Ruth Ozeki’s novel All Over Creation is a book about juxtaposition, parallels, and intersections. While this may be said about many great novels, Ozeki uniquely brings to life contrasting narratives of social and environmental issues for the purpose of helping herself and her readers “interrogate” worldly issues instead of pushing a predetermined opinion (Ozeki 2016). Out in the fields, Ozeki develops the novel’s primary debate as a struggle between agribusiness-supported genetically modified crops and environmental activists. Although any form of agriculture is human intervention in nature, this debate can be characterized as “natural” methods coming in contact with explicit human-engineered farming.
Meanwhile, in the homes of Liberty Falls, Idaho, Ozeki layers another classic conflict between nature and nurture using the characters Yumi Fuller and Cass Unger Quinn and their respective relationships with children. A mother of three children by different fathers, Yumi does not seem to show a lot of obvious love or support toward to her kids. Her best friend Cass, however, eagerly and lovingly takes care of Yumi’s infant Poo and assists with raising and supervising the older kids despite her own struggles to become pregnant. Cass’s desperation for motherhood and her infertility contrasts Yumi’s verging on indifferent parenting and prolificacy. If Ozeki is truly writing a “thought experiment” to “explore a question… with an open mind,” what does the novel uncover through this juxtaposition (Ozeki 2016)?
As parent figures, Cass is everything that Yumi is not. Cass represents stability and consistency, living in the same home for all her life while Yumi traversed the west coast to the pacific. She is trustworthy and predictable, taking over the child care when Yumi’s emotional impulses divert her from her maternal responsibilities. While Yumi is single parenting three kids, each from a different partner (which is especially unconventional in rural Idaho), Cass’s faithful marriage to Will Quinn is part of what she hopes will become a traditional nuclear family. But this desire is where Yumi has something that Cass lacks. Years of exposure to chemical inputs likely contributed to her cancer and infertility. In a classic character foil, Yumi is is a mother by nature and Cass is motherly by nurturing, each lacking somehow in the other department.
In this juxtaposition, it appears to me that Ozeki was also questioning issues of parenting, or more specifically motherhood, while writing this novel. This isn’t a biological or psychological twin study but Ozeki has set up an experiment nonetheless. Cass and Yumi are tests of how much genetic relation matters and how much of parenting is simply being caring. As these two motherly characters develop throughout the novel, it is tempting to conclude that nurturing is the most important part of being a parent because Cass’s love, care, and attention toward her best friend’s kids fills an obvious gap caused by Yumi’s neglectful or self-centered actions (such as leaving the kids to meet up with Elliot). This takeaway is siding with Cass when she expresses rightful parenthood as function of nurturing: “You know, what Yummy? Sometimes I think you don't deserve those kids of yours. Sometimes I just want to snatch them away” (323). Furthermore, the merit of parenthood based on genetics is undermined by the fact that none of Yumi’s children’s fathers are present. But Ozeki realizes that it is not that simple; Cass is not a flawless character. Her primary fault is that she cares so deeply about becoming a mother for a child that she forgets she is not the only one involved. A couple occasions illustrate her trying to erase history, such as her attempt to steal Poo away to Canada and pretend he was hers, or maybe even her desire to change the name of an internationally adopted child to a typical English one. From these instances it is clear that Cass believes her care in the present is enough to be a successful mother to the kids. What she occludes about the truth, however, is concerning.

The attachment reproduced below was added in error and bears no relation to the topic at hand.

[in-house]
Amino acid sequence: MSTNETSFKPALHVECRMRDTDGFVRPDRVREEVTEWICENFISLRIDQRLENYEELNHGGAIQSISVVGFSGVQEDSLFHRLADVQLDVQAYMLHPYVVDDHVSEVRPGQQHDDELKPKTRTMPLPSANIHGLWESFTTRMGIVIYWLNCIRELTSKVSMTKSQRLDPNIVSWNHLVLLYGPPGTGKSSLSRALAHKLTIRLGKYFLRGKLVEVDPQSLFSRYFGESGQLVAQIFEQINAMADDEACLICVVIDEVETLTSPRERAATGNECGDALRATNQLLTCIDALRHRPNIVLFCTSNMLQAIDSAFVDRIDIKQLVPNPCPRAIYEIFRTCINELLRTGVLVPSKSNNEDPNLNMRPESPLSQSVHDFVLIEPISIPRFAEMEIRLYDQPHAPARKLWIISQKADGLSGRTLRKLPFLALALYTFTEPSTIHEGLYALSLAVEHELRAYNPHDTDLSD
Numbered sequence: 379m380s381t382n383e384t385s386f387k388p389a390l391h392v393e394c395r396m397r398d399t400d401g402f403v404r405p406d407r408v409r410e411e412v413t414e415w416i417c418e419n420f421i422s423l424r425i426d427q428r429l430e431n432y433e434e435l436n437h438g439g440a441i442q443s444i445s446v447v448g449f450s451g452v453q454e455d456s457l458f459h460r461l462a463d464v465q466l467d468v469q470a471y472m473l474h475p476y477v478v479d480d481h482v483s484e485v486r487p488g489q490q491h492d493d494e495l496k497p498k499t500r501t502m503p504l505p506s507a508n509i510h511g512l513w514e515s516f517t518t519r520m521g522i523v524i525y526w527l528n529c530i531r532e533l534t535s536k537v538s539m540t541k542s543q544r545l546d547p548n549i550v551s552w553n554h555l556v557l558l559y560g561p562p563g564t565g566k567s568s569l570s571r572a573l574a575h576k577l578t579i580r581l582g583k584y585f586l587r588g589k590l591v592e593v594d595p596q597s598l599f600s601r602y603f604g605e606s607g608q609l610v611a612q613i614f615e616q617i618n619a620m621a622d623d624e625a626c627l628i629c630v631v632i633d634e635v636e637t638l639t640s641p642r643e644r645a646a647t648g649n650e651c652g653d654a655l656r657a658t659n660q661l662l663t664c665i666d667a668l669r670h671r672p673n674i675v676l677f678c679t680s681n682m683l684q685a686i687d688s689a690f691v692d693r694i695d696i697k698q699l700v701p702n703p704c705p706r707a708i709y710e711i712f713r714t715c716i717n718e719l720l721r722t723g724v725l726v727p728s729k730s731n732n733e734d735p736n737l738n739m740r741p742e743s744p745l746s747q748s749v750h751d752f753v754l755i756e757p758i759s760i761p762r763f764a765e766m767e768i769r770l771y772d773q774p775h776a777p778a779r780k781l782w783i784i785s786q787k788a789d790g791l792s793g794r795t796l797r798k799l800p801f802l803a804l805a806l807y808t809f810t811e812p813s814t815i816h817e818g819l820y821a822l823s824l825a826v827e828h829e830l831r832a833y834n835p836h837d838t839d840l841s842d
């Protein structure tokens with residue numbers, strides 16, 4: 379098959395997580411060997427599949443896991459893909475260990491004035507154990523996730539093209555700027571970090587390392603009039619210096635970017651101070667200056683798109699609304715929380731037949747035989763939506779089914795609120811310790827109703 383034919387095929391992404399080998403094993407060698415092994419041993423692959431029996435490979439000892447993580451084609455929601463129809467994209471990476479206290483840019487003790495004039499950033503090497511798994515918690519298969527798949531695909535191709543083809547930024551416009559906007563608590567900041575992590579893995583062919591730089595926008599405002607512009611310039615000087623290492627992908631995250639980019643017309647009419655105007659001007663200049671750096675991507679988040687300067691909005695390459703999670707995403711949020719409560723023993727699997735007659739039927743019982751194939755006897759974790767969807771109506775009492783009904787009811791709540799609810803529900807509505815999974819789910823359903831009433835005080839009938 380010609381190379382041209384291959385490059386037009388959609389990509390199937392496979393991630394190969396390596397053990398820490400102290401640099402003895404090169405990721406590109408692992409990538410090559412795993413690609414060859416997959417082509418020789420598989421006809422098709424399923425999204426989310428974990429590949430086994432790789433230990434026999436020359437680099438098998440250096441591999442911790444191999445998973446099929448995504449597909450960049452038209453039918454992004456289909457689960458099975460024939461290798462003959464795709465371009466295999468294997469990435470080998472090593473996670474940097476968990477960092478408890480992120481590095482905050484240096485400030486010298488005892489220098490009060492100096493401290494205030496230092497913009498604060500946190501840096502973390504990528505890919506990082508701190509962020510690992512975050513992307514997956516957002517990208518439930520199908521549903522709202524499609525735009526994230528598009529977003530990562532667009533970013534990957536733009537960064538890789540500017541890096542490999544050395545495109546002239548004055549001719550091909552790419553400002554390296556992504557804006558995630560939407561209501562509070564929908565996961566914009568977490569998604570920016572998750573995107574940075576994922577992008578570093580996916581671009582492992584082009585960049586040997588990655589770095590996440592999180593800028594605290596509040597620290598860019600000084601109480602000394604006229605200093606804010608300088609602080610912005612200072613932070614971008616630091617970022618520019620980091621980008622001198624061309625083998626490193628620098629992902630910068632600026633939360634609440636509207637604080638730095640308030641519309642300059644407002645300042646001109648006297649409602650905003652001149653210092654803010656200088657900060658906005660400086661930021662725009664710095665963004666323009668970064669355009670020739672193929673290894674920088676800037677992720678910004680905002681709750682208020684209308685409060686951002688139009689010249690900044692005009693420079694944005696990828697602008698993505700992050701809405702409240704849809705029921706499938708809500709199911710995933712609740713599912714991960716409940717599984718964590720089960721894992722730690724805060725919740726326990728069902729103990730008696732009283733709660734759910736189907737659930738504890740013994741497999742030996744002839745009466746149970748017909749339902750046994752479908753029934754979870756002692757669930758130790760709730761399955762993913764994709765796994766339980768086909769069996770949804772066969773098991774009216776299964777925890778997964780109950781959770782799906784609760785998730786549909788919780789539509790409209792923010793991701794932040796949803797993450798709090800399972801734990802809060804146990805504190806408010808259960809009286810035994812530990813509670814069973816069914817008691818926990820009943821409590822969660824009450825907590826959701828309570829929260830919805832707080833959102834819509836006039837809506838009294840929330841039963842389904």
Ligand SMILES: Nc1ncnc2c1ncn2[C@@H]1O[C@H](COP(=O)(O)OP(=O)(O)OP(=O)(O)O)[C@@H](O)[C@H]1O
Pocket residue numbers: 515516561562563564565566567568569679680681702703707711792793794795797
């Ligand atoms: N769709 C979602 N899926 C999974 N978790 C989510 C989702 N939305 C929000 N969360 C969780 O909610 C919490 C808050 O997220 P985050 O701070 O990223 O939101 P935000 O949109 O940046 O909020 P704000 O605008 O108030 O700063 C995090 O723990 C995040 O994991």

Despite these faults in both characters, Ozeki leaves the reader feeling confident in each of them by the end of the novel. As Cass reads “Daddy Frankie’s” letter out loud to Tibet, we know she will love the child more than anything else in the world without erasing Tibet’s biological parents from her life (417). We also get the sense that Yumi will be more intentional about parenting after considering the way she interacts with her kids after Phoenix considers running away. “Mostly I felt overwhelmed with gratitude. How had this happened, that I had raised up a son into the world who could actually think about his decisions before he made them?” narrates Yumi (407). In this self-aware moment she recognizes that she has not always modeled good behavior for her kids, and once she sees that her son is capable of being mature she realizes she should reflect maturity as well. When nature and nurture are reconciled for both characters, they become better mothers for their children.
Although Ozeki’s assertion that her writing is not agenda-driven fiction makes it impossible to say what message she intended to communicate to the reader, this train of thought could reflect the realization she came to about the nature v.s. nurture elements of motherhood by writing All Over Creation. Or it could just be my interpretation of this issue. Reconciliation of two extreme philosophies is in no way a groundbreaking conclusion, but through Ozeki’s novel, I learned that in our modern world natural processes and human interventions are inextricably tied together, and a lot of times that can be a great thing.
Ozeki, Ruth. All Over Creation. New York, NY: Penguin, 2004. Print.
Ozeki, Ruth. Interview by Catherine Meeks. ASLE. ASLE News, Spring 2013. Web. 5 Nov. 2016.